Commands and references ( GNU / linux kernel 2.4.18-3 and 2.4.18-14 )
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The commands with their most common usage are in brackets like this: [ command ].
Don't type the brackets, just what is inside of them.
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search a directory's files for a word:
Lets say you have a website directory with 5000 files and you want to know if one particular page is in there. You know it contains the name Robert. Do this: [ grep "Robert" * ]
This will search every file in that directory and display each instance of the word Robert. Remember, this command is case sensitive.
search a file (for everything except something)
[ grep -v 64.38 file.name ]
searches the file "file.name" for everything except the expression 64.38
[ grep -v 64.38 file.name > new_file ]
searches the file "file.name" for every thing except the expression 64.38 and sends the results to the file "new_file".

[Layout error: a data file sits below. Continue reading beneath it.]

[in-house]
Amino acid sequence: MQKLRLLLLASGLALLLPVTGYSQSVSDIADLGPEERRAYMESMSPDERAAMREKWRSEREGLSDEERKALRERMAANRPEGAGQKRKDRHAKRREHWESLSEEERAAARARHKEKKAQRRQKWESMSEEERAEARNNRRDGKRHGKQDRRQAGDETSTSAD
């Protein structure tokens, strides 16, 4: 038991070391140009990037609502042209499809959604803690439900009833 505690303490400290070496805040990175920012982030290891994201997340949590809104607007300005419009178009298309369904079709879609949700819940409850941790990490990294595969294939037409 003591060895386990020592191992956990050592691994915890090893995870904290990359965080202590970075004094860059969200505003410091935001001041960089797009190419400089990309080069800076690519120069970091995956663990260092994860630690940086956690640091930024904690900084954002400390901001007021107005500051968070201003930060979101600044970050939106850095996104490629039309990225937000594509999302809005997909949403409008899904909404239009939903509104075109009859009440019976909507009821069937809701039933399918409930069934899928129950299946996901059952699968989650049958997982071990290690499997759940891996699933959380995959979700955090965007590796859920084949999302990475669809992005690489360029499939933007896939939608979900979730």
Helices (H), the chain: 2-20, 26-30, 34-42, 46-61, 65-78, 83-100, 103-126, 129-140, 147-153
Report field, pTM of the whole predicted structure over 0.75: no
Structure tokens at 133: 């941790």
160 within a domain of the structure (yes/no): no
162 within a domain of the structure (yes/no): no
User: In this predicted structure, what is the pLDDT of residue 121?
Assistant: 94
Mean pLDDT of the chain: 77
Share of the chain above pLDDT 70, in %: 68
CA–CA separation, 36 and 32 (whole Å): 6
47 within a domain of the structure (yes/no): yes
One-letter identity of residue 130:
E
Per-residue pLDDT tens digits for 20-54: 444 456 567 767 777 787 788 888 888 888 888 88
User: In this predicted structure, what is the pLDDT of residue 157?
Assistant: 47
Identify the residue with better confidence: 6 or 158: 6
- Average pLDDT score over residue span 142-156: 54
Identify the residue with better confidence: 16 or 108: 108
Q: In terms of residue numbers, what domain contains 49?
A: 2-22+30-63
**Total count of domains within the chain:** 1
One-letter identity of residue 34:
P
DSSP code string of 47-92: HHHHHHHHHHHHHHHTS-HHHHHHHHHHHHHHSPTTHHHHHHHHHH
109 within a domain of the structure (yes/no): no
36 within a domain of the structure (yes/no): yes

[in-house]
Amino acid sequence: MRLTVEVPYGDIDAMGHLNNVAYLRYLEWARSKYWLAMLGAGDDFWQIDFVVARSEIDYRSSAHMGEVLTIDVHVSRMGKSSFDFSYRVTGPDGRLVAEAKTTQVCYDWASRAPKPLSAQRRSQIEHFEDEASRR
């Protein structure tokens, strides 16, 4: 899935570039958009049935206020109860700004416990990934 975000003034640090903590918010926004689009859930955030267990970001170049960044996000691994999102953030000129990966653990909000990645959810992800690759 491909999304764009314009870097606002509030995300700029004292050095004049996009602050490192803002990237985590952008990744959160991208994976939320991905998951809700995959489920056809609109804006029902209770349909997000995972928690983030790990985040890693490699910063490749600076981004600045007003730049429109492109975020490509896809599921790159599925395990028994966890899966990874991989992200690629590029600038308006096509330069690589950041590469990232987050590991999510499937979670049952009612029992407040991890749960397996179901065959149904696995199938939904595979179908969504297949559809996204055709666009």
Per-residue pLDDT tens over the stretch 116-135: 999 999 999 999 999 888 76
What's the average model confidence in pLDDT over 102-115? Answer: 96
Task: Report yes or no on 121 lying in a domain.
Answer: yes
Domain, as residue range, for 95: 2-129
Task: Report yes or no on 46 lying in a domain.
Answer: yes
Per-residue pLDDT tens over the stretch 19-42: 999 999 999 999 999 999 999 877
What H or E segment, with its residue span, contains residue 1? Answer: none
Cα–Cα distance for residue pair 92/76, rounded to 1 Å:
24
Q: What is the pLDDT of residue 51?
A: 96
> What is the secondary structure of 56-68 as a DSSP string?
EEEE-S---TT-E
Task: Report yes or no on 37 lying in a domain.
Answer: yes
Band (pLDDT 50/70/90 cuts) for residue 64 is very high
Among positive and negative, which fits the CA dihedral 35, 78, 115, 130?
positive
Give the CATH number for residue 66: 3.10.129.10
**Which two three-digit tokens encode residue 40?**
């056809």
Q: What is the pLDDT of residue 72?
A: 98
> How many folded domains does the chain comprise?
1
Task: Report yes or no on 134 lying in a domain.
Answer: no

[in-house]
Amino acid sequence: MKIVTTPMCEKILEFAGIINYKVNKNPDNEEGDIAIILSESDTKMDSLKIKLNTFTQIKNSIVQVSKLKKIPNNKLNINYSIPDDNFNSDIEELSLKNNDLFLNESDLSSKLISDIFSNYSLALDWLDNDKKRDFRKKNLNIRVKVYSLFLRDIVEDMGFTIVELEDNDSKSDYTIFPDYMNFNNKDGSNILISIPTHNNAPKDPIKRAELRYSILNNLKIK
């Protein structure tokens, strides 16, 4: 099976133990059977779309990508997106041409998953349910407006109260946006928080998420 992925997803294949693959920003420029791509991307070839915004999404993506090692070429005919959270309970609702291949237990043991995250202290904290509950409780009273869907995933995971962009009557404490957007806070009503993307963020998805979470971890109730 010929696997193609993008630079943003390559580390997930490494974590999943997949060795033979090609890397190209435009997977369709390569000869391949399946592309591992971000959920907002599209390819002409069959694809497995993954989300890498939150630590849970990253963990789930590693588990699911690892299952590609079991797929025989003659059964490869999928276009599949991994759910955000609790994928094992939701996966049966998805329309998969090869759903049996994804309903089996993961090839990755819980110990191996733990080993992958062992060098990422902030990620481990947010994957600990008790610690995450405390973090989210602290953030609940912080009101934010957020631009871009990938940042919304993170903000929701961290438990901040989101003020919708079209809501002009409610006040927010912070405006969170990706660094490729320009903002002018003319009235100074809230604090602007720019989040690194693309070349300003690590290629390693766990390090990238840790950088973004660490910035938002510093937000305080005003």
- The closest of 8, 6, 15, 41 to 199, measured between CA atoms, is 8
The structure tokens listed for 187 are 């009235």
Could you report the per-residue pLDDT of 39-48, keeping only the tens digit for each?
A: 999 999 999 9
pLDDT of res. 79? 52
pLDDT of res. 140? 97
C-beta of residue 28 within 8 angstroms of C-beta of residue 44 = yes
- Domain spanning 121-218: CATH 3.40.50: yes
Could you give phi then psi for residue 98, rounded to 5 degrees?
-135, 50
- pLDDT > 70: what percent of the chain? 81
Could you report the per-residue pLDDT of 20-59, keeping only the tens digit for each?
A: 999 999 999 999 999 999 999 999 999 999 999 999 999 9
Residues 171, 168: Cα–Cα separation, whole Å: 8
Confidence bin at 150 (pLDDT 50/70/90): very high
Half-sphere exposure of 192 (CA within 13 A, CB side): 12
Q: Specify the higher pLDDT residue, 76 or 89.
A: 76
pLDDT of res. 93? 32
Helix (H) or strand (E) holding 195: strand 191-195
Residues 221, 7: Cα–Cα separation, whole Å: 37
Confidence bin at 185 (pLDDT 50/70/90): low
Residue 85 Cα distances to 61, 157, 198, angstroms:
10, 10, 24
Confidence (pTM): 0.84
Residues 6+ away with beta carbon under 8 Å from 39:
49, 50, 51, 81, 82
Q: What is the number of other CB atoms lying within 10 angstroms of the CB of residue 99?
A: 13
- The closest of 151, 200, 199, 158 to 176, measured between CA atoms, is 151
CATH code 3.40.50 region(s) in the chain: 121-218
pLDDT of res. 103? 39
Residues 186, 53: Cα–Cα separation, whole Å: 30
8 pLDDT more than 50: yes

search a file
[ grep 64.38 file.name ]
searches the file "file.name" for the expression 64.38
[ grep 64.38 file.name > new_file ]
searches the file "file.name" for the expression 64.38 and sends the results to the file "new_file".
search for a word in a file in a directory (for example your home directory) tree:
Lets say you are looking for the word foo
try this: [ grep -r -w "\<foo\>" * > findfoo ]
this will search the directory tree recursively and send the output to the file findfoo. If your directory tree contains many files and directories this file will be huge, so be cautioned.
Once you have the file findfoo, do this: [ grep foo findfoo ]
this will display the line and the file that the word foo is in. If the word you are searching for is a common word like "the" or "stop" you will get thousands of files with that word in it, so be aware that you may end up with a lot of files to look through. This kind of a search will work best if you are looking for a rather unique word or combination of letters.
if you have a sorted file with a single column structured like this(it could have hundreds of lines)with digits from 0 to 7:
1 ---------x 2 --------w- 3 --------wx 4 -------r-- 5 -------r-x 6 -------rw- 7 -------rwx -------rwx -------rwx 10 ------x--- 11 ------x--x 12 ------x-w- 13 ------x-wx 14 ------xr--
do this to sort out the numbers and non-integer values:
[ grep -o '*' ] this displays all the numbers
[ grep -v '' ] this displays all the non-integer values
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